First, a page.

Abstract: Web-based games can permit players to take on multiple roles, and in the past such roles have generally been defined in terms of characters in game narratives. In this report on early work, we propose adding a live-programming role to games that may involve the kind of problem solving that requires “thinking outside of the box.” The live programmer can be empowered by the game designers to bend the rules, within certain bounds. We demonstrate the concept using a prototype multi-role game in which players must bring Covid-19 outbreaks under control by performing a sequence of pre-designed actions. The live programmer is able to adjust parameters of the actions, and even disable actions or create new ones. We suggest that having the live programming role in such a game can foster learning about the game domain and structure in different way than usual game playing or modification. Such a live programming role may also be appropriate in some simulation environments and emergency management systems. Finally, we discuss several issues raised by the existence of the live programming role: player power and fairness, “live scripting” (one form of live programming), and characterizations of game sessions in terms of evolution of game state versus evolution of game state plus code versions (“full trajectories”).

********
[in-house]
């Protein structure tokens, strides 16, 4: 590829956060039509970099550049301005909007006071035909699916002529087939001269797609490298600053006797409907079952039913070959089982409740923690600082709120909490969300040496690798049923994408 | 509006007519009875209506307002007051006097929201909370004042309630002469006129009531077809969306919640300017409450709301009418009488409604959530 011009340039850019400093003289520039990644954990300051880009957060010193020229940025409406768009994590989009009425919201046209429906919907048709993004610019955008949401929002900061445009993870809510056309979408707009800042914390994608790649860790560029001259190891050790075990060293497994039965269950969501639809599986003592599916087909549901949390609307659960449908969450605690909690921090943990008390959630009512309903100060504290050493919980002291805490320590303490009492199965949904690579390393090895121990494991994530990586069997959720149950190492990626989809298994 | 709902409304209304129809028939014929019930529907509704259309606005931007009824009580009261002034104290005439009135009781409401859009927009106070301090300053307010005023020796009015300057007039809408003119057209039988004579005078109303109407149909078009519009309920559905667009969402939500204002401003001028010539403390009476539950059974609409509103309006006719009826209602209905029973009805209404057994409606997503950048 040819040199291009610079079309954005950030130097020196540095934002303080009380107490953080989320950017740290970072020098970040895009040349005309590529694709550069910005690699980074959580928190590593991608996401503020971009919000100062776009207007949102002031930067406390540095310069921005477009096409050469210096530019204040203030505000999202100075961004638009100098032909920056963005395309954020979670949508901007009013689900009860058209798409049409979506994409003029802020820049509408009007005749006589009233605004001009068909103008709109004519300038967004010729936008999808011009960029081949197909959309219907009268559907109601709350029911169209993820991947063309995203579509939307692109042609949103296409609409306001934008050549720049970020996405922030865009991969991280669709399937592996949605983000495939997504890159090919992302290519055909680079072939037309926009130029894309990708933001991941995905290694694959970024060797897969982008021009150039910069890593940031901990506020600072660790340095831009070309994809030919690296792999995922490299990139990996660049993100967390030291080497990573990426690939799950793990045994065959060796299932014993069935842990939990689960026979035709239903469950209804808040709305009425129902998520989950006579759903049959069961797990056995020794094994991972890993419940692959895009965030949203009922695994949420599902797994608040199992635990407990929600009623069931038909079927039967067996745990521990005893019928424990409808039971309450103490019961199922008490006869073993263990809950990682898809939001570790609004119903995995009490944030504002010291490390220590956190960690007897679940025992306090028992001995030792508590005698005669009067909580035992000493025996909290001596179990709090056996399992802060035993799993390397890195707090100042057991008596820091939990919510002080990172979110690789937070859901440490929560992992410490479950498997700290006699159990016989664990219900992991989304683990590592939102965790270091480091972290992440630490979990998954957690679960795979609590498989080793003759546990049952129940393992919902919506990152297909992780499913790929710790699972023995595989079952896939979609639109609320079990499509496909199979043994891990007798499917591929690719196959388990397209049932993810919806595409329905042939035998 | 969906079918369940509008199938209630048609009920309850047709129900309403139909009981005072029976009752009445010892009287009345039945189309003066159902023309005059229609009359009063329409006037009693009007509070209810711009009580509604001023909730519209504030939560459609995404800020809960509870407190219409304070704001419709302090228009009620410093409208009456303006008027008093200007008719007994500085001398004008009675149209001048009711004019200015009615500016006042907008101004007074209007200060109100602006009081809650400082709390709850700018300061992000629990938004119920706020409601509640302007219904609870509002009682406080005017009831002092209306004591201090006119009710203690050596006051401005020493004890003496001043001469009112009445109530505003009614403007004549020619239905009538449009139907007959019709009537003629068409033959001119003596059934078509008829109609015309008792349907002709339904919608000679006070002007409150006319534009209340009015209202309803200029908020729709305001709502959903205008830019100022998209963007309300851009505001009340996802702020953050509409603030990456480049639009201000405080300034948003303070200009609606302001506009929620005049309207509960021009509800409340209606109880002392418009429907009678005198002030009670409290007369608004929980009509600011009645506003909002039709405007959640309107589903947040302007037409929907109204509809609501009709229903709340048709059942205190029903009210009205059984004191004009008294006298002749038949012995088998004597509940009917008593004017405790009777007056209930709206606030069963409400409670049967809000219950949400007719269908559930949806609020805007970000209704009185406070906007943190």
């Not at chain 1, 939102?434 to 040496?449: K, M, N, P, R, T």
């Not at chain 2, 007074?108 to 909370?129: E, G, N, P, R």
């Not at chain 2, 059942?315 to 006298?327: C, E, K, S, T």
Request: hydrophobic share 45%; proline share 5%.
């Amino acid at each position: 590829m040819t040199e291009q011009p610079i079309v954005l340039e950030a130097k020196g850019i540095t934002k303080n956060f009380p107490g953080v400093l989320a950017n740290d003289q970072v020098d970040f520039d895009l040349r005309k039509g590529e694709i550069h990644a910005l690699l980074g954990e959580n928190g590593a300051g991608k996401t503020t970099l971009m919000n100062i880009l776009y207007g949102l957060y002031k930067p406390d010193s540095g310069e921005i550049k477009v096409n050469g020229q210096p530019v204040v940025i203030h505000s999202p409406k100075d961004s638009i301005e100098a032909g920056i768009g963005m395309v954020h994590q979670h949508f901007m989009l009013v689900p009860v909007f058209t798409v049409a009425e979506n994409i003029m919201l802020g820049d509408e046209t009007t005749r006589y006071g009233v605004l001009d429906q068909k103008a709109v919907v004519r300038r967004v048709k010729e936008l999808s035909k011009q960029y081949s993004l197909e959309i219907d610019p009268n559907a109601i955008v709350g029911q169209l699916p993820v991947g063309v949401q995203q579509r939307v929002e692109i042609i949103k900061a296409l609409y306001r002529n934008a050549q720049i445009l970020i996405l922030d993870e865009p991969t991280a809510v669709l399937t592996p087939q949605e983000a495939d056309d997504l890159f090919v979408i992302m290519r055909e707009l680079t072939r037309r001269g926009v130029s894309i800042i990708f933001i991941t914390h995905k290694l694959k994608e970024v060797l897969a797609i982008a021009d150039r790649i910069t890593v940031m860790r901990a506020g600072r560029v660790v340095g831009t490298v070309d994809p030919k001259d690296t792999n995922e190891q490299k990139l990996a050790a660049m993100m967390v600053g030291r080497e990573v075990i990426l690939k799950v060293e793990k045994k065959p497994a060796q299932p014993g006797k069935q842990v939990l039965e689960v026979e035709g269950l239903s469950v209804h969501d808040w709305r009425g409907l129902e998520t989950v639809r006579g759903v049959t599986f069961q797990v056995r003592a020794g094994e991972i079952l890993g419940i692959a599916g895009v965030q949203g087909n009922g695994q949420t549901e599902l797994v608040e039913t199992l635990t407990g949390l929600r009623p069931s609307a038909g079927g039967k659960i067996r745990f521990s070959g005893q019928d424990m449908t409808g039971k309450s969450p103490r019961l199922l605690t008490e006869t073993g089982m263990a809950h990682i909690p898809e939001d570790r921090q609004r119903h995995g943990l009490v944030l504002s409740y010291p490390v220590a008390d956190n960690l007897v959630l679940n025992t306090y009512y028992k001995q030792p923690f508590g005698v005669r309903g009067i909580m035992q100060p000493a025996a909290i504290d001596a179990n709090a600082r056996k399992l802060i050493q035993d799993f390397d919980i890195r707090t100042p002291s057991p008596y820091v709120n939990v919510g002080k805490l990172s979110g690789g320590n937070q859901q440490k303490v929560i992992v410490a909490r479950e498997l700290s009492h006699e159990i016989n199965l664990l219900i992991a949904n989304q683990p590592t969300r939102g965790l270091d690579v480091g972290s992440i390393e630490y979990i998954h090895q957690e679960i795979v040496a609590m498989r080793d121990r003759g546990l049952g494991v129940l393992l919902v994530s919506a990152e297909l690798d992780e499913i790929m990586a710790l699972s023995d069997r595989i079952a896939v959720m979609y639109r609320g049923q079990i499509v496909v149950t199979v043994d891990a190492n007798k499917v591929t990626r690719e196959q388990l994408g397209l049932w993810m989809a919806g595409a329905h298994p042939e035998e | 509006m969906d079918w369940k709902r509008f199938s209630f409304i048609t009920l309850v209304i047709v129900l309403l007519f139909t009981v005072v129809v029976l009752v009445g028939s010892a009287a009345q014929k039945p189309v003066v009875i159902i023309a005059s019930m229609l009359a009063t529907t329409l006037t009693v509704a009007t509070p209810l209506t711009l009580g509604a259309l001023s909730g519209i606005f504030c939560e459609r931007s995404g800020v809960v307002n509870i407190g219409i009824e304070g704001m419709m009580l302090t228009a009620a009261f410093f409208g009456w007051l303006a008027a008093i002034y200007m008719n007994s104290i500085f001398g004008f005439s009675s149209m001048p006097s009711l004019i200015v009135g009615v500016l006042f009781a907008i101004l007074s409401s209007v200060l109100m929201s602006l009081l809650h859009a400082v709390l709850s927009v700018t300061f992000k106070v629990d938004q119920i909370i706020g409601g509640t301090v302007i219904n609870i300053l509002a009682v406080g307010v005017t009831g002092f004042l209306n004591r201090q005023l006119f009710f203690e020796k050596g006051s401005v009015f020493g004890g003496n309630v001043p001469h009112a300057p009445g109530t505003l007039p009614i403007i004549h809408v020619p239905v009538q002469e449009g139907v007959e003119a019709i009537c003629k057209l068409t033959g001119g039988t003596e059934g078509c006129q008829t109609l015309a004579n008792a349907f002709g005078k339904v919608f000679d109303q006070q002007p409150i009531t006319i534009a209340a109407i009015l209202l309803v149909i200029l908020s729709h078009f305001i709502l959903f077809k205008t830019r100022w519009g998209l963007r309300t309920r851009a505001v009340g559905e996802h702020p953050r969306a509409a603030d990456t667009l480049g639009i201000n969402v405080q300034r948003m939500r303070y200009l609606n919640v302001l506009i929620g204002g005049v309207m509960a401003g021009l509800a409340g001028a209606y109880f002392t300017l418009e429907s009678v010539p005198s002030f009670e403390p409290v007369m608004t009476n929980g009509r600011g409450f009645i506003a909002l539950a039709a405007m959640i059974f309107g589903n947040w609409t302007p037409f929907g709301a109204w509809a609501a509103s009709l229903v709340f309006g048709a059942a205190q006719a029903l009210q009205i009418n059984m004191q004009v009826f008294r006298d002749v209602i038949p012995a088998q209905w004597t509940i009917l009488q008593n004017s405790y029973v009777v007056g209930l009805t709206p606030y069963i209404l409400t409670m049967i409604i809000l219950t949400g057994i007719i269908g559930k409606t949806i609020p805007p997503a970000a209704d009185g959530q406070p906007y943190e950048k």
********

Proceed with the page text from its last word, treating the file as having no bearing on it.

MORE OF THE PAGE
PPIG 2020 - 31st Annual Workshop
Integrating a Live Programming Role into Games